A bone mineral density or BMD test uses special low dose X-ray to measure the density of calcium and other minerals in your bones to assess bone strength. This test helps in the diagnosis of osteoporosis, a silent disease that thins and weakens bone and increases the risk of fractures.
Bone mineral density testing is recommended for the following individuals:
- Women aged 65 or older
- Men aged 70 or older
- Younger women with increased risk of osteoporosis
- Long term consumption of corticosteroids
- Family history of osteoporosis
- Chronic rheumatoid arthritis
- Chronic kidney disease
- History of fractures
Types of BMD Testing
Different techniques of measuring BMD include:
Dual-Energy X-ray absorptiometry or DEXA uses two different low dose X-ray beams to estimate BMD in the hip and spine region. It is the most accurate method of measuring BMD.
Peripheral dual-energy X-ray absorptiometry or P-DEXA is a type of DEXA test used to measure BMD in the wrist and forearm or legs. P-DEXA is a portable device which gives faster results than DEXA.
Dual photon absorptiometry or DPA uses low dose radiation to measure BMD in the hip and spine region. Scanning time is longer than with Dexa.
Ultrasound uses sound waves to measure BMD and is a quick and painless procedure without the use of radiation. It is often used on the heels as a screening test at health fairs. Further testing is required to confirm a diagnosis of osteoporosis.
The BMD scan is conducted in a special radiology department.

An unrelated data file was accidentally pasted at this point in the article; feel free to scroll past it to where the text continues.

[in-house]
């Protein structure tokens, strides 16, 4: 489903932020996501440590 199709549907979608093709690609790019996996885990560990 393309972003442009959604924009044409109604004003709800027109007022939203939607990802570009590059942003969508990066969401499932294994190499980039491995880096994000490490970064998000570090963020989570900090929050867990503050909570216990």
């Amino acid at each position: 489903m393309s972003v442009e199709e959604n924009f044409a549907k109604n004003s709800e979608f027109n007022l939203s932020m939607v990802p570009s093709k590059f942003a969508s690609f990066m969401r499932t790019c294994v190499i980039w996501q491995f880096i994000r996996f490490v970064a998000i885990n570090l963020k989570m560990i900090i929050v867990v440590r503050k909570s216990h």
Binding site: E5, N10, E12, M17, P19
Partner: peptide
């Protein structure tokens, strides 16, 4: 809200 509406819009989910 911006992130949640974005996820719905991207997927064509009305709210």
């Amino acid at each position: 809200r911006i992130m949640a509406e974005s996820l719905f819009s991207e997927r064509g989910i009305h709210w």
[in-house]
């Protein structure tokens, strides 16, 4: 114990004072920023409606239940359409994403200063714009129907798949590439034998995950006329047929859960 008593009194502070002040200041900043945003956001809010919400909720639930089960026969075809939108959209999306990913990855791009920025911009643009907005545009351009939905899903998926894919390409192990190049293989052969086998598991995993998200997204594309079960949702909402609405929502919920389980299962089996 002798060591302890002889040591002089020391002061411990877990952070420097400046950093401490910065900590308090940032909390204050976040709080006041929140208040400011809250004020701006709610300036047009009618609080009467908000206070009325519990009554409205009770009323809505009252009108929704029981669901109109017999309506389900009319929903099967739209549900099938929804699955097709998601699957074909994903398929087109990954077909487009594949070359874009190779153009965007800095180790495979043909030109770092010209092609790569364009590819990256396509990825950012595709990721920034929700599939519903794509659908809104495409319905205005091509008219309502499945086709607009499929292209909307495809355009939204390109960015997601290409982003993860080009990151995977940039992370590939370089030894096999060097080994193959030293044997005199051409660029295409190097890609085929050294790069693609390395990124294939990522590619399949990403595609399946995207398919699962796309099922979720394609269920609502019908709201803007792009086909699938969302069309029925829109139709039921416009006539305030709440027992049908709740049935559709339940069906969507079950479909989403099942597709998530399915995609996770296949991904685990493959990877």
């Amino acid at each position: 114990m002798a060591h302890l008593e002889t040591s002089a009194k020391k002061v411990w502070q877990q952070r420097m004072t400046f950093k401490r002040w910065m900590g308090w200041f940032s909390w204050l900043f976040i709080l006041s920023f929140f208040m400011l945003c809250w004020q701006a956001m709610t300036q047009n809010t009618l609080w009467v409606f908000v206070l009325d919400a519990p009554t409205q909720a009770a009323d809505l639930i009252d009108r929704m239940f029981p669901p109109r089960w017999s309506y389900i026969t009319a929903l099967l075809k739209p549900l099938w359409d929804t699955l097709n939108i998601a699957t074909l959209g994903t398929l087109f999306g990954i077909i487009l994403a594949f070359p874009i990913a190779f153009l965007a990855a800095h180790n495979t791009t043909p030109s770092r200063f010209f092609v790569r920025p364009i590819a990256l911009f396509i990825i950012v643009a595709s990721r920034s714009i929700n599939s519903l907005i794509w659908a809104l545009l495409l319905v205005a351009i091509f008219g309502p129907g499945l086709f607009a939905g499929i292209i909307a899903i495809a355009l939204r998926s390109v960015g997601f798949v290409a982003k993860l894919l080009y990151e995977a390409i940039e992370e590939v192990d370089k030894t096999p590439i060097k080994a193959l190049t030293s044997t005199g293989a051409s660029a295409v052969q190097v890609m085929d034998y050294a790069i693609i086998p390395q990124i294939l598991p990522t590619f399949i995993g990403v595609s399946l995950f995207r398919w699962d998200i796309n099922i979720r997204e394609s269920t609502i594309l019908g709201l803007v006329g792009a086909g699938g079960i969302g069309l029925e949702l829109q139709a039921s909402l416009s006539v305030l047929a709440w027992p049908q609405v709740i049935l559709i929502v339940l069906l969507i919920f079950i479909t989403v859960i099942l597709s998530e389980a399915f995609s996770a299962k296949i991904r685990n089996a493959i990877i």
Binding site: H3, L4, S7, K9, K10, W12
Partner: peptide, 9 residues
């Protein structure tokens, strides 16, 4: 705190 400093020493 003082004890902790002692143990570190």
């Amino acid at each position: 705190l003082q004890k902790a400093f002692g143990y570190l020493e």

- You will lie on your back on a padded table
- The radiologist will pass a scanner over your body to take X-rays of the bones. After the bones are scanned by the machine, the amount of radiation absorbed will be measured.
- The DEXA technique used to scan the hip and lower spine will take about 20 minutes. A DPA scan can take about 30 to 45 minutes to complete the test.
- Ideally, it is best to test the same bones (preferably, hip and spine bones) each time with the same BMD technique to achieve reliable results.
Results of a BMD test are reported in two ways; as T-scores and as Z-scores.
Your T-score will be your BMD compared to the average score of a healthy 30-year-old. A negative value is an indication of thinner bones with low BMD, and a positive value is an indication of stronger bones. A normal T-score is greater than minus 1 (-1), whereas a T-score of minus 1 to minus 2.5 indicates osteopenia, and a score of minus 2.5 or less indicates osteoporosis.
A Z-score compares your results to other individuals of the same age, weight, ethnicity, and gender. A Z-score of less than minus 1.5 raises concern of osteoporosis due to factors other than aging.
Risks and complications
The BMD test is generally safe but involves possible risks and complications. These include:
- Exposure to radiation
- Not recommended during pregnancy due to exposure of the baby to radiation